this was not surprising at all. I quote the abstract:
I examine whether stock ownership by politicians helps to enforce noncontractible quid pro quo relations with firms. The ownership by US Congress members in firms contributing to their election campaigns is higher than in noncontributors. This bias toward contributors depends on the financial incentives of politicians and the relation's value. Firms with a stronger ownership–contribution association receive more government contracts. The financial gains from these contracts are economically large. When politicians divest stocks, firms discontinue contributions to the politicians, lose future contracts, and perform poorly. Politicians divest the stocks in contributors, but not in noncontributors, in anticipation of retirement.
In a way, from a purely economics view, this makes perfect sense. Incentives are everything, no? So the fact that both the congress and the companies work to ensure each other get remunerated shouldnt be a surprise, eh? This allows both parties to skate around the bribery restrictions. Neato. bah!
The author gives two publicly available news stories.
The Case of Representative Jerry Lewis (R-CA)
Representative Jerry Lewis (R-CA) is a 16-term member of Congress and has been a member of the House Appropriations Committee since 1980. From 2005–2006, he served as chairman of the full committee, and he currently serves as a ranking member. Rep. Lewis’ ethical issues arise from misusing his position on the Appropriations Committee to steer hundreds of millions of dollars in earmarks to family, friends, former employees, and corporations in exchange for contributions to his campaign committee:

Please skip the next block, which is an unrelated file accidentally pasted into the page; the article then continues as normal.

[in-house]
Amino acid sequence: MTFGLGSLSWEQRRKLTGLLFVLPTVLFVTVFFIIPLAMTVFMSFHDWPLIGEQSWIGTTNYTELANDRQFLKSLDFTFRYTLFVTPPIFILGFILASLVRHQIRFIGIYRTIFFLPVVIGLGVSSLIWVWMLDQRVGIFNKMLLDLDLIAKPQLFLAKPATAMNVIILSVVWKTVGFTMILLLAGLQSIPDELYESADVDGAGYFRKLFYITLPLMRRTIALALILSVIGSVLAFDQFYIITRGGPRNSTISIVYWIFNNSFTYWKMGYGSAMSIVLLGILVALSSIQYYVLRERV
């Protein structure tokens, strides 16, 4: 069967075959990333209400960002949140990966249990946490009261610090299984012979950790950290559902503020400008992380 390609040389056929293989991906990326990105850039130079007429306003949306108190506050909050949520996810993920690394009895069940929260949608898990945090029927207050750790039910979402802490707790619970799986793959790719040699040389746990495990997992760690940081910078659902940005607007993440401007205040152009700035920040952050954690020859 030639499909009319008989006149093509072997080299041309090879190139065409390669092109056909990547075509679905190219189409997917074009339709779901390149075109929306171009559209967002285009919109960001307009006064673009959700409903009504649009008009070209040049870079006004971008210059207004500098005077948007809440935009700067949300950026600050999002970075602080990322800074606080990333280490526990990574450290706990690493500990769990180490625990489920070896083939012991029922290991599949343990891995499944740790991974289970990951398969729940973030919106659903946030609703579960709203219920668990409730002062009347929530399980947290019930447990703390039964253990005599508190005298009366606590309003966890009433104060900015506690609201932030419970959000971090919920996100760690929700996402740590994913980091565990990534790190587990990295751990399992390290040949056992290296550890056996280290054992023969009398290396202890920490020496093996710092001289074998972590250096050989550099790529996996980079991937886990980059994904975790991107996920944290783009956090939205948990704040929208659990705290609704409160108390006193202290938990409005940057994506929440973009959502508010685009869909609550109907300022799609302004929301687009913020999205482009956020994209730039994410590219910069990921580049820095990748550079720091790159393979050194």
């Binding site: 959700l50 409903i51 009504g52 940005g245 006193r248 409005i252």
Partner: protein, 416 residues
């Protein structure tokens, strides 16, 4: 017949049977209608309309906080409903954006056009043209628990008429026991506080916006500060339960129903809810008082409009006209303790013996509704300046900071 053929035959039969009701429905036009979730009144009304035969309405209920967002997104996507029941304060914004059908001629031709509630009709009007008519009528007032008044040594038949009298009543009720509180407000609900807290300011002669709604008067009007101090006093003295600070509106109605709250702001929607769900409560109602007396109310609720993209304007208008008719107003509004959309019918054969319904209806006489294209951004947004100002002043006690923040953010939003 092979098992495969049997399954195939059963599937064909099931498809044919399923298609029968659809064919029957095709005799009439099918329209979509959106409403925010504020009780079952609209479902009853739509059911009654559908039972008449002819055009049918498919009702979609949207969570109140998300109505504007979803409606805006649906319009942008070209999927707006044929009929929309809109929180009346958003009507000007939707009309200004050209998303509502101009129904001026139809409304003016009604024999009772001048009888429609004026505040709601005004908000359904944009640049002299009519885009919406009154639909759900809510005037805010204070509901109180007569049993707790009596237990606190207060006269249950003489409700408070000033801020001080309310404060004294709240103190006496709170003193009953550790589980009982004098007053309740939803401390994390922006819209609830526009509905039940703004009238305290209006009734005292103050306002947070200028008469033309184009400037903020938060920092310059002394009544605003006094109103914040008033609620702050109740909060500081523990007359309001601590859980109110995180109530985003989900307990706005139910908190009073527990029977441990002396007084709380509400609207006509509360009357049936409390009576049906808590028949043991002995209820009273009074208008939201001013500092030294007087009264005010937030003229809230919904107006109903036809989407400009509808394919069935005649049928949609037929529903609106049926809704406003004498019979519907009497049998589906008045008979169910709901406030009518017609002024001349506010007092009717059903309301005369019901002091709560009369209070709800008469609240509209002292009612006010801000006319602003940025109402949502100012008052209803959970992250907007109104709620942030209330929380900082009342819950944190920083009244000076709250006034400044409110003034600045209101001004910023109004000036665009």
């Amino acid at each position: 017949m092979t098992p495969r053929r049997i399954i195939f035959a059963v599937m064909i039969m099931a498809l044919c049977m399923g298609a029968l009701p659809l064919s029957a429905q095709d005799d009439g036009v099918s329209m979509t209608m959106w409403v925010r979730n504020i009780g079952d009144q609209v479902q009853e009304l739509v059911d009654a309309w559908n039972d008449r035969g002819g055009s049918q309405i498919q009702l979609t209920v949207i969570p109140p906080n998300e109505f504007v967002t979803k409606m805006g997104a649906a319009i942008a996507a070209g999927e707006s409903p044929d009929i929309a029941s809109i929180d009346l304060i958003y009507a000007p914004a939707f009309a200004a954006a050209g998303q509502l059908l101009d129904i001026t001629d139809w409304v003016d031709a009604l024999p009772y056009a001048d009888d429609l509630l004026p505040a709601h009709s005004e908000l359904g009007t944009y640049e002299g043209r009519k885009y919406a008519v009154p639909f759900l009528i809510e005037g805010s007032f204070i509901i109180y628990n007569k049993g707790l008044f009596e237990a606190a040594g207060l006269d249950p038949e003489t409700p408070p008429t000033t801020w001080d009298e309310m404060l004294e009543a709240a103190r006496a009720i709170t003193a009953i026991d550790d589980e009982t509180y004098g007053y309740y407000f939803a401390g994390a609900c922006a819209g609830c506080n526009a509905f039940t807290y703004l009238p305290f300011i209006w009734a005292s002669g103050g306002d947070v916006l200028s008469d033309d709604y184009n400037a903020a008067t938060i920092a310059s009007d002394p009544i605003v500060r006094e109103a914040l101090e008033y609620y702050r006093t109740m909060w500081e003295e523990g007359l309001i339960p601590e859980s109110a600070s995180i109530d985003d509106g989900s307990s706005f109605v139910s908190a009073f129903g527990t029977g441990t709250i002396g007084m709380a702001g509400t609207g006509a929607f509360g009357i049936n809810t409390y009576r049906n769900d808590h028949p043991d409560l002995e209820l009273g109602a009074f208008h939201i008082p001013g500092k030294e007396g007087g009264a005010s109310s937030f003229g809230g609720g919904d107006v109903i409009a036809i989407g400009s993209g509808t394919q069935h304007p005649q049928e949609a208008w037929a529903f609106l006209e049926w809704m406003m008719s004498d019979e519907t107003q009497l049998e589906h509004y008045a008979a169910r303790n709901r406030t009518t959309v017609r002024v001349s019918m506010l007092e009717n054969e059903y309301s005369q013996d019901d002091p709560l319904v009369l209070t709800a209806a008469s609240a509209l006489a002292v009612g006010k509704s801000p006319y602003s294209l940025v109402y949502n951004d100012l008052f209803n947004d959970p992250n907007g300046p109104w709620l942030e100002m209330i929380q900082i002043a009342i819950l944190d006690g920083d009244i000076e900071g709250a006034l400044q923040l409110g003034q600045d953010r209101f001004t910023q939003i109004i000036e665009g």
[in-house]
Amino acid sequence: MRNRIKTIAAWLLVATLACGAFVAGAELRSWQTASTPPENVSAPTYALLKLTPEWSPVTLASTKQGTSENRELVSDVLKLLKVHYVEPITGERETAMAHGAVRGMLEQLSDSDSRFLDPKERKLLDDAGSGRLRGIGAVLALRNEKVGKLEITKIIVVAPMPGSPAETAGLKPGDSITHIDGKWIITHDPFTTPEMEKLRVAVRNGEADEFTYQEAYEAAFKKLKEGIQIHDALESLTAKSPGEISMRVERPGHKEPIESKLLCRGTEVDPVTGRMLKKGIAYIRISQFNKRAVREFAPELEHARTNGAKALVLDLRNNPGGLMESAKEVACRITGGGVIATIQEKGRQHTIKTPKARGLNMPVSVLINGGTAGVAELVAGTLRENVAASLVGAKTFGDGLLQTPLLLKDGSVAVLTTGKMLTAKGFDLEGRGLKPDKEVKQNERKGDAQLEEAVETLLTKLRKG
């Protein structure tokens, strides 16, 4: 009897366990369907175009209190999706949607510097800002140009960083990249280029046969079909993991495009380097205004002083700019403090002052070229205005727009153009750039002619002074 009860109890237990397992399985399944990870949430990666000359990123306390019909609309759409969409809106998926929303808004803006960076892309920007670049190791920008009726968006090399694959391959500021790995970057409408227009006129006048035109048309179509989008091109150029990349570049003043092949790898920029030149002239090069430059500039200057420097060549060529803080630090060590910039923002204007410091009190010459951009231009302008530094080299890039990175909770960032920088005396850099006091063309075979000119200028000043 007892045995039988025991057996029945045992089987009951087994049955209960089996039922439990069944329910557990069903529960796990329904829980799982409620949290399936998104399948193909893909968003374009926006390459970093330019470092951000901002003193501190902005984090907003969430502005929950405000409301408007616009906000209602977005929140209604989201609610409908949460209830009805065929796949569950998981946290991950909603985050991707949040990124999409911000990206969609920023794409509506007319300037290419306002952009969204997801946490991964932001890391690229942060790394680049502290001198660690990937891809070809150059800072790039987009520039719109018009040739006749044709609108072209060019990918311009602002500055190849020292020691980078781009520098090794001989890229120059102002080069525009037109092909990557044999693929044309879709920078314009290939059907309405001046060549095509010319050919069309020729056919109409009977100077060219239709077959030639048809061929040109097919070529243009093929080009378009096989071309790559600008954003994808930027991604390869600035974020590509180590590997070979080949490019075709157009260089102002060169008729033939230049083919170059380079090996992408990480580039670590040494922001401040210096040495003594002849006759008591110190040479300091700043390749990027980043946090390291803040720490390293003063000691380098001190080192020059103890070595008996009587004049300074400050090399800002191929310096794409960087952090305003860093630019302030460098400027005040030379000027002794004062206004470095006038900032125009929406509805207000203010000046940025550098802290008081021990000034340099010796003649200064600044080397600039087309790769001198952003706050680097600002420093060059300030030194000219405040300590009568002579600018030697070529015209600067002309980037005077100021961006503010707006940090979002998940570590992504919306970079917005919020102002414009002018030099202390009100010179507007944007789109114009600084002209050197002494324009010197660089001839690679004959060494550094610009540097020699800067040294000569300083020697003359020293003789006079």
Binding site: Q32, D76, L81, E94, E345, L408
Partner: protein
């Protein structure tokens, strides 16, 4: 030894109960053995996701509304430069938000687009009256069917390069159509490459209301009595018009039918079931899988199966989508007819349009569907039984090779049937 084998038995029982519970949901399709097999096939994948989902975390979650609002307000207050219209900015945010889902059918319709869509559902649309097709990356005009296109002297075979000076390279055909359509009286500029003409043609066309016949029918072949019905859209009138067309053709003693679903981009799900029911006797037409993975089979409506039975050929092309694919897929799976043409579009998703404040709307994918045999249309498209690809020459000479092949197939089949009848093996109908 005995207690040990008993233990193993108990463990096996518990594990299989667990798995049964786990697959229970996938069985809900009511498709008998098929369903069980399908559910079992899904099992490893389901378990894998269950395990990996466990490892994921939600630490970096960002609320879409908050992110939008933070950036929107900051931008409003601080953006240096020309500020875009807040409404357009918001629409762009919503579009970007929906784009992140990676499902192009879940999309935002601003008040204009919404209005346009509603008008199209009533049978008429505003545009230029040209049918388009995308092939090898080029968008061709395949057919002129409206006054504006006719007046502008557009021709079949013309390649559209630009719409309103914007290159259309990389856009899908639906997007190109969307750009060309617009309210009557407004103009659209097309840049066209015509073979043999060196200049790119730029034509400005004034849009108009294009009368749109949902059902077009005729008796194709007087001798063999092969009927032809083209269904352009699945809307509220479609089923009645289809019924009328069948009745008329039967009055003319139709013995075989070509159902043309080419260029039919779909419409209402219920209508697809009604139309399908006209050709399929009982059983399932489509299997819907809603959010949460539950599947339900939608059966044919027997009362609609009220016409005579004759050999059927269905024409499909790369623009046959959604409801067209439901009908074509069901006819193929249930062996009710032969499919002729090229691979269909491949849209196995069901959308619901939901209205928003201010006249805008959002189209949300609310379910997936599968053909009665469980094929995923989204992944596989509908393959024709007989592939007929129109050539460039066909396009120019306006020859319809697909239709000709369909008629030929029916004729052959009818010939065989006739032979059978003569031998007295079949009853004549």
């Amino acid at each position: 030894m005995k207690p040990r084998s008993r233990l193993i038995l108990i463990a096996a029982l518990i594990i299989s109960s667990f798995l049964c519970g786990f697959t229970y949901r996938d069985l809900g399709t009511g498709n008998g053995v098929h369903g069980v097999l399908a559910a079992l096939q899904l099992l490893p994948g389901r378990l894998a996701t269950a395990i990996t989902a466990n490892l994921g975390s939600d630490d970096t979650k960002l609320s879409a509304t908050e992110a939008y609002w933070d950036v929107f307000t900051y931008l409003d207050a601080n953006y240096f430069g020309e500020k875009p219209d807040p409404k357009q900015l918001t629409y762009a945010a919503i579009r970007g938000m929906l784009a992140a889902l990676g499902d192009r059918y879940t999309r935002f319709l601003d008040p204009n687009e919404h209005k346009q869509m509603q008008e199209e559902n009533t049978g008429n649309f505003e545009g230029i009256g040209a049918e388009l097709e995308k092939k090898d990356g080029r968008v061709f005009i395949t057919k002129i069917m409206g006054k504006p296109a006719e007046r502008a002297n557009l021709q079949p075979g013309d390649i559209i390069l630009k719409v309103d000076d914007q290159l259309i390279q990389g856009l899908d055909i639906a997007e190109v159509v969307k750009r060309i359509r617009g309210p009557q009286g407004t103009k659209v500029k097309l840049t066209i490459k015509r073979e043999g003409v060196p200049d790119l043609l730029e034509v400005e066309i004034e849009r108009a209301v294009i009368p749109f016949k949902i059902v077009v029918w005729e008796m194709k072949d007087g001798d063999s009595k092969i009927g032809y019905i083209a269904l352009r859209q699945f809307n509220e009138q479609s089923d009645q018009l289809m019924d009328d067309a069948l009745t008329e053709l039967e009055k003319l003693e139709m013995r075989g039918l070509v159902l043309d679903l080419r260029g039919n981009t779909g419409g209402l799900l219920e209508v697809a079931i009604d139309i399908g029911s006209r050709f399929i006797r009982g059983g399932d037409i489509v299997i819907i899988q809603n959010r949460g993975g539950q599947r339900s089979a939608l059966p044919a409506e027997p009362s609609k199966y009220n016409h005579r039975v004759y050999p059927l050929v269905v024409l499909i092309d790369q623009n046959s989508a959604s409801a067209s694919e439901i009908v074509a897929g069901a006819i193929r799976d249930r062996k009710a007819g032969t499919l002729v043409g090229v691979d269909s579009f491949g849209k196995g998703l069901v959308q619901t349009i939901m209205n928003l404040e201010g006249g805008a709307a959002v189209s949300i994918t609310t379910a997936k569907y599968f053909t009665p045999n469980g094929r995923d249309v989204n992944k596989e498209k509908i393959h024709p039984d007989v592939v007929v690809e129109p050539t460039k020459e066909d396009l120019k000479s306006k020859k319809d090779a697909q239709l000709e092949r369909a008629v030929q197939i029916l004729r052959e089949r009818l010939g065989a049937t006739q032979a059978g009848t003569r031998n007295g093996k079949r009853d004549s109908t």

“In 2005, shortly after becoming chairman of the Appropriations Committee, Rep. Lewis was asked to buy into an initial public offering of a fledgling bank, Security Bank of California, headed by his close friend James Robinson. Rep. Lewis’ initial investment of $22,000 for 2,200 stocks in Security Bank was worth nearly $60,000 in 2006, an increase of almost 300%. The stock was recommended to Rep. Lewis by Mr. Robinson's wife, a former chair and board member of the Loma Linda University Children's Hospital Foundation, a branch of Loma Linda University Medical Center. Rep. Lewis has helped direct more than $200 million in federal dollars to the medical center, which has facilities named in his honor. In June 2006, Rep. Lewis acknowledged that the medical center benefitted from $40 million in earmarks. Many of Security Bank's board members have also contributed to Rep. Lewis’ campaign and are linked to businesses that received federal earmarks. They include Zareh Sarrafian, an executive with Loma Linda Medical Center and president of the Hospital Foundation's board, and Bruce Varner, a friend of Rep. Lewis’ who served on the board of the National Orange Show Events Center in San Bernardino. The center has received more than $800,000 in federal funds.” (CREW report 2009, pp. 37–38)
The Case of Representative Maxine Waters (D-CA)